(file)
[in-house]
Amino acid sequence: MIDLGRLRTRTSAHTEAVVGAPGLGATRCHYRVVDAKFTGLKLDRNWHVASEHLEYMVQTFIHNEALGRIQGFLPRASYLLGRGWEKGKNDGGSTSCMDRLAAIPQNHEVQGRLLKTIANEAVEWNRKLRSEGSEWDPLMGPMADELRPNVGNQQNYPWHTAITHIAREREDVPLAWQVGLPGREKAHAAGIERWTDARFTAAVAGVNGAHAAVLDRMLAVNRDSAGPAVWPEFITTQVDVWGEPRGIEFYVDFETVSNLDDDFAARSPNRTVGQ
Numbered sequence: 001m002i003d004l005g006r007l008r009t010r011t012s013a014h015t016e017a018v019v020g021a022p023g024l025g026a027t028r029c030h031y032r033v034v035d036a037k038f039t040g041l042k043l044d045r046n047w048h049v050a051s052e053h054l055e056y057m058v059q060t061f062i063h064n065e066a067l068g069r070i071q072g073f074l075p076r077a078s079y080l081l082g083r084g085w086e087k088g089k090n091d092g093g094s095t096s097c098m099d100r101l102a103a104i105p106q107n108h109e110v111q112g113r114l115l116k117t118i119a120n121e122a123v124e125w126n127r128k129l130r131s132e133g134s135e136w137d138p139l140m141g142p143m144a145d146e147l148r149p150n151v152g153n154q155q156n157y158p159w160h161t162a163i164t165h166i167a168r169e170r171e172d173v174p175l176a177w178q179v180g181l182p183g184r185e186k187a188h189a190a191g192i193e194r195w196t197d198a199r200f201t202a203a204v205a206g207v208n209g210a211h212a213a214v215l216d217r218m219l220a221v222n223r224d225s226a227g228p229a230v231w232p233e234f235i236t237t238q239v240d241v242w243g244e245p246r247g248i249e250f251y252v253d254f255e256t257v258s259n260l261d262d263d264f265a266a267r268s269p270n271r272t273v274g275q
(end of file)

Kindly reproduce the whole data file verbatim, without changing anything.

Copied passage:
[in-house]
Amino acid sequence: MIDLGRLRTRTSAHTEAVVGAPGLGATRCHYRVVDAKFTGLKLDRNWHVASEHLEYMVQTFIHNEALGRIQGFLPRASYLLGRGWEKGKNDGGSTSCMDRLAAIPQNHEVQGRLLKTIANEAVEWNRKLRSEGSEWDPLMGPMADELRPNVGNQQNYPWHTAITHIAREREDVPLAWQVGLPGREKAHAAGIERWTDARFTAAVAGVNGAHAAVLDRMLAVNRDSAGPAVWPEFITTQVDVWGEPRGIEFYVDFETVSNLDDDFAARSPNRTVGQ
Numbered sequence: 001m002i003d004l005g006r007l008r009t010r011t012s013a014h015t016e017a018v019v020g021a022p023g024l025g026a027t028r029c030h031y032r033v034v035d036a037k038f039t040g041l042k043l044d045r046n047w048h049v050a051s052e053h054l055e056y057m058v059q060t061f062i063h064n065e066a067l068g069r070i071q072g073f074l075p076r077a078s079y080l081l082g083r084g085w086e087k088g089k090n091d092g093g094s095t096s097c098m099d100r101l102a103a104i105p106q107n108h109e110v111q112g113r114l115l116k117t118i119a120n121e122a123v124e125w126n127r128k129l130r131s132e133g134s135e136w137d138p139l140m141g142p143m144a145d146e147l148r149p150n151v152g153n154q155q156n157y158p159w160h161t162a163i164t165h166i167a168r169e170r171e172d173v174p175l176a177w178q179v180g181l182p183g184r185e186k187a188h189a190a191g192i193e194r195w196t197d198a199r200f201t202a203a204v205a206g207v208n209g210a211h212a213a214v215l216d217r218m219l220a221v222n223r224d225s226a227g228p229a230v231w232p233e234f235i236t237t238q239v240d241v242w243g244e245p246r247g248i249e250f251y252v253d254f255e256t257v258s259n260l261d262d263d264f265a266a267r268s269p270n271r272t273v274g275q